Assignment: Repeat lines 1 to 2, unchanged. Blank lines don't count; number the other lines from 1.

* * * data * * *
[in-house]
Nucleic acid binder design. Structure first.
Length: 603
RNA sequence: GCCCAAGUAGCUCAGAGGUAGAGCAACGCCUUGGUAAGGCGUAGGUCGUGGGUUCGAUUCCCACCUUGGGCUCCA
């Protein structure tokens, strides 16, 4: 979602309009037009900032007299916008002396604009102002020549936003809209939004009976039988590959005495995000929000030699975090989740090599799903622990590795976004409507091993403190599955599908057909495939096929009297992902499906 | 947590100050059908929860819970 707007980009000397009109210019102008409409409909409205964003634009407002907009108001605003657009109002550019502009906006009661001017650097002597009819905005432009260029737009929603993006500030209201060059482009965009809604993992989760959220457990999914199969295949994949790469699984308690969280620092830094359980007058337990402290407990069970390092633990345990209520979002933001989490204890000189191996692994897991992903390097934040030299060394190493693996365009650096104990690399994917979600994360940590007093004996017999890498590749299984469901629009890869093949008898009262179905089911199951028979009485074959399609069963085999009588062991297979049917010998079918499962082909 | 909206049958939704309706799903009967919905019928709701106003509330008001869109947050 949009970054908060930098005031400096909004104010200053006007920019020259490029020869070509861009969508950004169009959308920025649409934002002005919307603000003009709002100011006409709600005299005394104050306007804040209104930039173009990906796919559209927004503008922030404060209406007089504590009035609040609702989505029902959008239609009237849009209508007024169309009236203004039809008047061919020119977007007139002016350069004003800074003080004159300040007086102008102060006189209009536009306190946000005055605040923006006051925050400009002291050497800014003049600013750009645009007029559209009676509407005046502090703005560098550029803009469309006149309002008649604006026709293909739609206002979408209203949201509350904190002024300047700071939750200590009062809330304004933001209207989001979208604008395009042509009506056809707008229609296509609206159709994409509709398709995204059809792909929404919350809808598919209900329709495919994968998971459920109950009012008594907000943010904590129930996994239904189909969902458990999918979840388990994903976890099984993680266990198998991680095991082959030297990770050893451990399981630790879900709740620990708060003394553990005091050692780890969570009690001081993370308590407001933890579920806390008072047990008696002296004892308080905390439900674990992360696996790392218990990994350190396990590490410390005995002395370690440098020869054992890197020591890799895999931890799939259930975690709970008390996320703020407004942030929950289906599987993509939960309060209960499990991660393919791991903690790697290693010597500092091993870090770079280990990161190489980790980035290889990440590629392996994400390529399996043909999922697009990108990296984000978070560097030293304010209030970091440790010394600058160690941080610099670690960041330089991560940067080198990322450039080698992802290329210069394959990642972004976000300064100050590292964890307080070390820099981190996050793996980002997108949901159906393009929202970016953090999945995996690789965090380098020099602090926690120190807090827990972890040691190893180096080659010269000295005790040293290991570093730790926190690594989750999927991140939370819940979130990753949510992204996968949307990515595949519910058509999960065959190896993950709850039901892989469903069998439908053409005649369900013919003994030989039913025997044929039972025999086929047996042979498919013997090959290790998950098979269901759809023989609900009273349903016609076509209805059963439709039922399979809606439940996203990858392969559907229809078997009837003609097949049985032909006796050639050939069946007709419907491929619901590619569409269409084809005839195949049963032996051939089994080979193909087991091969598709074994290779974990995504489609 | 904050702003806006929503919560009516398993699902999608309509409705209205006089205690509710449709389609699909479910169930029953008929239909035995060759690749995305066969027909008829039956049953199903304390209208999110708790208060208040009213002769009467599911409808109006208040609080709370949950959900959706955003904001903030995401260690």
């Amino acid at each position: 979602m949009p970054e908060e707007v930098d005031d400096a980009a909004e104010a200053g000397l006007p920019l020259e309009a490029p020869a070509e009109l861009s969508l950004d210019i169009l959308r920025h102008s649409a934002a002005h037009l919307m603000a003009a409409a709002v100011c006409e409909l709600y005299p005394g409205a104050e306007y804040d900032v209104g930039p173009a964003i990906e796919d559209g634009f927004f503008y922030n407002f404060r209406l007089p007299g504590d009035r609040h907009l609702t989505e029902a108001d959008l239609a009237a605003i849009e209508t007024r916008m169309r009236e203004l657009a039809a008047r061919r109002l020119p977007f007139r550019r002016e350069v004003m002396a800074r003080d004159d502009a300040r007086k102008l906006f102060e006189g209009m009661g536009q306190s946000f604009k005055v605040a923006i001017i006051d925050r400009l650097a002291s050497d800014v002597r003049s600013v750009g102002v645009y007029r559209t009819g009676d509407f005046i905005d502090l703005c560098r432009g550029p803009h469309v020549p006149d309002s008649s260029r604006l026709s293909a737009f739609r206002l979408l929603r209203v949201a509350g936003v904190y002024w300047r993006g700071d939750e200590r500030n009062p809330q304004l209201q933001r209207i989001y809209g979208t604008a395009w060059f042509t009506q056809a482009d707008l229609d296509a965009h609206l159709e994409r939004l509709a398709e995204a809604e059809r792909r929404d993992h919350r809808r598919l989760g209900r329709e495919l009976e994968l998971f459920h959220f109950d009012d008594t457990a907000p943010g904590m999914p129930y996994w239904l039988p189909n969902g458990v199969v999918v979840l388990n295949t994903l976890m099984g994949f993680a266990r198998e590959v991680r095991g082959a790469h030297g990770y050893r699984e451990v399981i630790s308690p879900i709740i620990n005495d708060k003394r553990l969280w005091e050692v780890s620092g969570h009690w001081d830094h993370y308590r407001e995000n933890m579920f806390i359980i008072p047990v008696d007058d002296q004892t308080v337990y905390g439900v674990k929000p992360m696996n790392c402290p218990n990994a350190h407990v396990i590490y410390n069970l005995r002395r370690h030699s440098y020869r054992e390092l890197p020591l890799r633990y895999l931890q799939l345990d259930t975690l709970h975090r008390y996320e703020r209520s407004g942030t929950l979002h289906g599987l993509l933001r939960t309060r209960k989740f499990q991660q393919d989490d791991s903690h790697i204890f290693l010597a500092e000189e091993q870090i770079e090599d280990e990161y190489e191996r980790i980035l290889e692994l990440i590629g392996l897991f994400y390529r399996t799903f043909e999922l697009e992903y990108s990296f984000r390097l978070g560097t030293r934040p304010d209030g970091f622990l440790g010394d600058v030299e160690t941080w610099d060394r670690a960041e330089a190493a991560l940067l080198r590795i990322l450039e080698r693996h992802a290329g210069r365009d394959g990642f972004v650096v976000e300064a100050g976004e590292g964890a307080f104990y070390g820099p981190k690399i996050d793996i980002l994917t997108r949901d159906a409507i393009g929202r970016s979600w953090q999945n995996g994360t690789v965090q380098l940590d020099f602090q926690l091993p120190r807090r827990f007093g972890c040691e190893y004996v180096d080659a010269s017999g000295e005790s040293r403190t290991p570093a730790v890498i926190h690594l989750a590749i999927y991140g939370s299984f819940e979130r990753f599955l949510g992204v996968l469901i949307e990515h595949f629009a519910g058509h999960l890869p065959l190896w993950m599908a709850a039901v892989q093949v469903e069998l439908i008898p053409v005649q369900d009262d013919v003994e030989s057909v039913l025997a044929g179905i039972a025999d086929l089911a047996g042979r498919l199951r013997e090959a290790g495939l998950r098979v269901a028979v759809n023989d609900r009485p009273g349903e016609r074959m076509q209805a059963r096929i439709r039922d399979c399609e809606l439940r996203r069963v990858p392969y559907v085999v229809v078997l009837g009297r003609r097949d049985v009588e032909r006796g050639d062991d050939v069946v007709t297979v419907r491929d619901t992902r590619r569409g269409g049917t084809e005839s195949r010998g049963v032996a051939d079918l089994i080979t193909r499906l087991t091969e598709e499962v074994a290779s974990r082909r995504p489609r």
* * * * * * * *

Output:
[in-house]
Nucleic acid binder design. Structure first.